The Tzer Island book blog features book reviews written by TChris, the blog's founder.  I hope the blog will help readers discover good books and avoid bad books.  I am a reader, not a book publicist.  This blog does not exist to promote particular books, authors, or publishers.  I therefore do not participate in "virtual book tours" or conduct author interviews.  You will find no contests or giveaways here.

The blog's nonexclusive focus is on literary/mainstream fiction, thriller/crime/spy novels, and science fiction.  While the reviews cover books old and new, in and out of print, the blog does try to direct attention to books that have been recently published.  Reviews of new (or newly reprinted) books generally appear every Monday, Wednesday, and Friday.  Reviews of older books appear on occasional Sundays.  Readers are invited and encouraged to comment.  See About Tzer Island for more information about this blog, its categorization of reviews, and its rating system.


New Super-Man: Made in China by Gene Luen Yang

Published by DC Comics on June 27, 2017

And now for something completely different ....

New Super-Man is a new title from DC Comics. Volume 1, "Made in China," collects the first five issues and recounts the origin of the Chinese version of Superman. I have been a Superman fan for more than half a century and I still follow the icon of truth, justice, and the American way. New Super-Man, however, is a new take on the character, one that blends Superman's classic virtues with a quiet commentary on the need for truth and justice in modern China.

Kong Kenan is bullying a fat kid when Shanghai supervillain Blue X shows up. Kong throws a soda can at him, an impulsive act that stems from Kong’s general lack of smarts. Thanks to a viral video, Kong is an instant celebrity. The Ministry of Self-Reliance, a shadow government group that conspiracy buffs love, wants to give Kong superpowers -- Superman’s powers, to be precise. But he’s still sort of a selfish brat, so it’s up to the Chinse Batman and the Chinese Wonder Woman to contain him. Yes, there’s a Justice League of China, although the Chinese Batman is a little chubby.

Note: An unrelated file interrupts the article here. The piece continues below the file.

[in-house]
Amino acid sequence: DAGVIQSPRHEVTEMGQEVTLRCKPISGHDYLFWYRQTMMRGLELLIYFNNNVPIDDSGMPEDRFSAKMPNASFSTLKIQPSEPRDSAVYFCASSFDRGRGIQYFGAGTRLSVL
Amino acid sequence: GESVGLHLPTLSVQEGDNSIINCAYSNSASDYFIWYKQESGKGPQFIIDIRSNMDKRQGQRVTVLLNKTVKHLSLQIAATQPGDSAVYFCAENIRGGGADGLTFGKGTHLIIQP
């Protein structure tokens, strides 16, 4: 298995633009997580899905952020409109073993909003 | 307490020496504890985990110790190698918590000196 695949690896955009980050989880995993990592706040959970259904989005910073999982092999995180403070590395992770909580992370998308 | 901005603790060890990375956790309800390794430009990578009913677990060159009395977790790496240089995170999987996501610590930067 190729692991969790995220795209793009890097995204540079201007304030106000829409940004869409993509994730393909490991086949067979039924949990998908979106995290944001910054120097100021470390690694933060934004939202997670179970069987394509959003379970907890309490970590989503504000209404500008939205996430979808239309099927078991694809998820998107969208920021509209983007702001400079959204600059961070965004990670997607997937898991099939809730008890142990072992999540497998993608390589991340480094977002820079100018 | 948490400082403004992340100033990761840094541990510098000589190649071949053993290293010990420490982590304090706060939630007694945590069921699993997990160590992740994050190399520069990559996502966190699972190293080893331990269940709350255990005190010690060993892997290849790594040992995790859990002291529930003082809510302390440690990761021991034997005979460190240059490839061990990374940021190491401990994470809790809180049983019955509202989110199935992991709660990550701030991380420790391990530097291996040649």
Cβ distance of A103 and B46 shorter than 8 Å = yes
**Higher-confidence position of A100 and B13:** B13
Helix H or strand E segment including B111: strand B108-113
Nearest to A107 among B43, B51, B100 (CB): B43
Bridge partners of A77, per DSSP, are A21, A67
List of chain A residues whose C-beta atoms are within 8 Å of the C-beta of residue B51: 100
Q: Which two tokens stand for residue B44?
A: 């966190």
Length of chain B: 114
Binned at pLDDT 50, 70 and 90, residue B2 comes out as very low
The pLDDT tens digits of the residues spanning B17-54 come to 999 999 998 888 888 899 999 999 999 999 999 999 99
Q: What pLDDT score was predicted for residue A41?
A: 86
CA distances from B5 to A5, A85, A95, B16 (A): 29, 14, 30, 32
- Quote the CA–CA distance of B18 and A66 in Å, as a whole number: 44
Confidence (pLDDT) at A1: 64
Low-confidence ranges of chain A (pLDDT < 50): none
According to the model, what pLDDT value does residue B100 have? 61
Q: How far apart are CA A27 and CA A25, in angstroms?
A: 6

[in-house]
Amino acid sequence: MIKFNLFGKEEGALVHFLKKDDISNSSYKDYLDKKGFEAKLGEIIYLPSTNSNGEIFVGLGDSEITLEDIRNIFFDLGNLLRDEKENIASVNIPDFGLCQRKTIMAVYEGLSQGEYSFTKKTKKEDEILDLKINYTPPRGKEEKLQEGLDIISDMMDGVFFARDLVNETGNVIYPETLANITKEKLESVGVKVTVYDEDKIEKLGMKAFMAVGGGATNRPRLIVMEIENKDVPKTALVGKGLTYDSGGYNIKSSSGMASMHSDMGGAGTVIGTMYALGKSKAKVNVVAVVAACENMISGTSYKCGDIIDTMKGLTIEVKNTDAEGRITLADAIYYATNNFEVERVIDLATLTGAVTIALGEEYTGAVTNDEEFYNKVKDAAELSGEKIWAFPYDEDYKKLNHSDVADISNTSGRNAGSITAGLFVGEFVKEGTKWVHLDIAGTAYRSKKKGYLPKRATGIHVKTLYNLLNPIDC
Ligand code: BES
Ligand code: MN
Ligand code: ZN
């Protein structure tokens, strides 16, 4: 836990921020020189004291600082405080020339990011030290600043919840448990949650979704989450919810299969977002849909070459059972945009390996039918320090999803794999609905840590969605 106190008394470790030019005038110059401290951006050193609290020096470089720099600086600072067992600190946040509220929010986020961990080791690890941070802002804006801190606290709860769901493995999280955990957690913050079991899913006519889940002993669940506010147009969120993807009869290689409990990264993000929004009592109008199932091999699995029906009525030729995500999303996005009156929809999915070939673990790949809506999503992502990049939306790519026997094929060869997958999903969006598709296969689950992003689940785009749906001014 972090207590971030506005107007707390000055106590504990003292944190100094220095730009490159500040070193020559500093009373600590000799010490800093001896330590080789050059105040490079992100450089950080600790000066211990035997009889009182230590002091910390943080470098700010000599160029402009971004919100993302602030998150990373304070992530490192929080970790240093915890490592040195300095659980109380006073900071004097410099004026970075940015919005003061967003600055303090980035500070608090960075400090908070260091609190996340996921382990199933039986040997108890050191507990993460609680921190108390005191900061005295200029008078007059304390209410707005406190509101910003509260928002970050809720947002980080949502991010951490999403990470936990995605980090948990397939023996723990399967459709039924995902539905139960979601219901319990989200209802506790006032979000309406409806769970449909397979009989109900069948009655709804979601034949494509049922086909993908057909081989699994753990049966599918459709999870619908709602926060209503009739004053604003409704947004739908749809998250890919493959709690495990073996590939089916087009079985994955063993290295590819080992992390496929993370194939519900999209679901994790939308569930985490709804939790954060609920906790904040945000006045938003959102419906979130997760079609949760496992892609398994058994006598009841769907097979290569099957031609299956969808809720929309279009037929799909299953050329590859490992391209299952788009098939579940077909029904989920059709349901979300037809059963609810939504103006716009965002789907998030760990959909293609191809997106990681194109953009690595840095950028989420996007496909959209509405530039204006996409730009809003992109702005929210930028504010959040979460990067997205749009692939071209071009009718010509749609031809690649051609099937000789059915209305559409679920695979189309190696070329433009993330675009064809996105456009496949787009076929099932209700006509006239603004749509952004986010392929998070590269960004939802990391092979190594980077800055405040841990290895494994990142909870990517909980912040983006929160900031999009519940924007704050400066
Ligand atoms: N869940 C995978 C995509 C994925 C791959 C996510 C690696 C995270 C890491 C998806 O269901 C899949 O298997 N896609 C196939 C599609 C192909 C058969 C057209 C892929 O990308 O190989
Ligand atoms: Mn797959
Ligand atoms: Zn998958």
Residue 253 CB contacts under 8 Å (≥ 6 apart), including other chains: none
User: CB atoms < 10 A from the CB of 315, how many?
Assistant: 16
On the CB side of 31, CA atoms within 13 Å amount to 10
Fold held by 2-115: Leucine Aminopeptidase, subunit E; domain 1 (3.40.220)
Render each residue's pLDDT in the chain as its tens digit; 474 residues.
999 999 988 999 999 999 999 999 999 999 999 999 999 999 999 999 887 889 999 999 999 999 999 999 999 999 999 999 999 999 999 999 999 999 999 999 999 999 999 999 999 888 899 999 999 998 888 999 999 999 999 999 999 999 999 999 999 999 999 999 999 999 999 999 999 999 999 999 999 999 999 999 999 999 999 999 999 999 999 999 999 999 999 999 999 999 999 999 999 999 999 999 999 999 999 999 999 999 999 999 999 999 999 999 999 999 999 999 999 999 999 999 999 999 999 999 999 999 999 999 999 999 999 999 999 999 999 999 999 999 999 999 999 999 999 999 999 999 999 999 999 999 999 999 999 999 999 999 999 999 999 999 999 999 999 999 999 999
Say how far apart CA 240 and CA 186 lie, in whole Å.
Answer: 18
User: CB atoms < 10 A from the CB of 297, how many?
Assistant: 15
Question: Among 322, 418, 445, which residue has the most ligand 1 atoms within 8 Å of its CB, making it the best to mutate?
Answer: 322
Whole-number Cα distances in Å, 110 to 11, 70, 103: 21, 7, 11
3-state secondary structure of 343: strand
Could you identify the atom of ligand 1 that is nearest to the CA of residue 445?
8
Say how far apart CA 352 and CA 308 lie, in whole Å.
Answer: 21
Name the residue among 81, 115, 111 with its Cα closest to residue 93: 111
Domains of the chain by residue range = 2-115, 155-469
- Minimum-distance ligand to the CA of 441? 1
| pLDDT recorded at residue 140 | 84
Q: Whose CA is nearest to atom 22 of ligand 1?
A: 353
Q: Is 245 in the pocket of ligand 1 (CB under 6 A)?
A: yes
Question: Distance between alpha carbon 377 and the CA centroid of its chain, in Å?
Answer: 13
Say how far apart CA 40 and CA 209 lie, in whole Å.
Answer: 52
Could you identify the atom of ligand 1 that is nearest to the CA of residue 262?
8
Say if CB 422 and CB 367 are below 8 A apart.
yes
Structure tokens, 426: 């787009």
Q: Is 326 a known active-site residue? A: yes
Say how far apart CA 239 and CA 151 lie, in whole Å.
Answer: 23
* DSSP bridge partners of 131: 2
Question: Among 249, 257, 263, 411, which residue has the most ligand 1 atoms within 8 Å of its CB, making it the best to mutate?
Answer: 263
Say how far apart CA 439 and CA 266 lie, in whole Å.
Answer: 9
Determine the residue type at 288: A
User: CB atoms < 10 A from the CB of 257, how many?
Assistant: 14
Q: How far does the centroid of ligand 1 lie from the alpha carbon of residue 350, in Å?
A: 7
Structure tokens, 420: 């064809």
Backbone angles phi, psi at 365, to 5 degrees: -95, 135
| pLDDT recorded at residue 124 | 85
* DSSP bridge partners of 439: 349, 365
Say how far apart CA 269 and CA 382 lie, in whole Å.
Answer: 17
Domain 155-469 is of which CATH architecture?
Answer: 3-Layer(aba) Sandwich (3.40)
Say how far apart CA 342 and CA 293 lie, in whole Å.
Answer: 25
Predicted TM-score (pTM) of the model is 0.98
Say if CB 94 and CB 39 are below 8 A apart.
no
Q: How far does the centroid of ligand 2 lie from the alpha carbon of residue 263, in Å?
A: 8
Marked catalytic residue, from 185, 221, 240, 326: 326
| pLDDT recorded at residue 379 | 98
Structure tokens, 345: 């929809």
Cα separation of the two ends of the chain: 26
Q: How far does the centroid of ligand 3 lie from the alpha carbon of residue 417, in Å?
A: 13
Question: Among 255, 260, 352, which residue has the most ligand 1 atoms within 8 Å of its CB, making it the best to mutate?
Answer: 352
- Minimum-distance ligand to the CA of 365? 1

They eventually encounter the Freedom Fighters of China, with names like Human Firecracker and Sunbeam, who claim to be fighting for truth, justice, and democracy, three values that are scarce in China. Presumably the Freedom Fighters represent Chinese dissidents, but are they heroes or villains? And what about the original Chinese superheroes, the Great Ten? Good guys or bad guys? You need to read the story to find out.

Kenan has some family drama that turns into superhero/supervillain drama. The family angle evolves through the first four issues and takes center stage in issue 5. The plotting is surprisingly clever.

New Super-Man had me chuckling consistently. It’s a commentary on China and on America, but it’s true value lies in its ability to demonstrate that people all over the world are the same … boorish, vain, shallow, self-involved, but occasionally capable of rising above their faults and doing the right thing. It’s one of the better attempts at DC to do something different without departing from the strengths that made the company a success.

Viktor Bogdanovic's art is perfectly suited to the story, but it’s the sharp writing that earned my applause. I suspect that any Superman fan will be pleased with the new Chinese version.



Brave Deeds by David Abrams

Published by Grove Press Black Cat on August 1, 2017

Brave Deeds is a flawed novel, but I liked it more than Fobbit, David Abrams’ previous literary effort. The plot follows six soldiers who steal a truck so they can attend the memorial service of a beloved Sergeant after being told that an unpopular lieutenant and the company commander will attend the service on their behalf so that the rest of the company can pull Quick Reaction Force duty. Thanks to a broken drive shaft and a forgotten radio, the six soldiers find themselves on foot in Baghdad without a map, hoping they can make their way to the Forward Operating Base without getting killed. Good luck with that.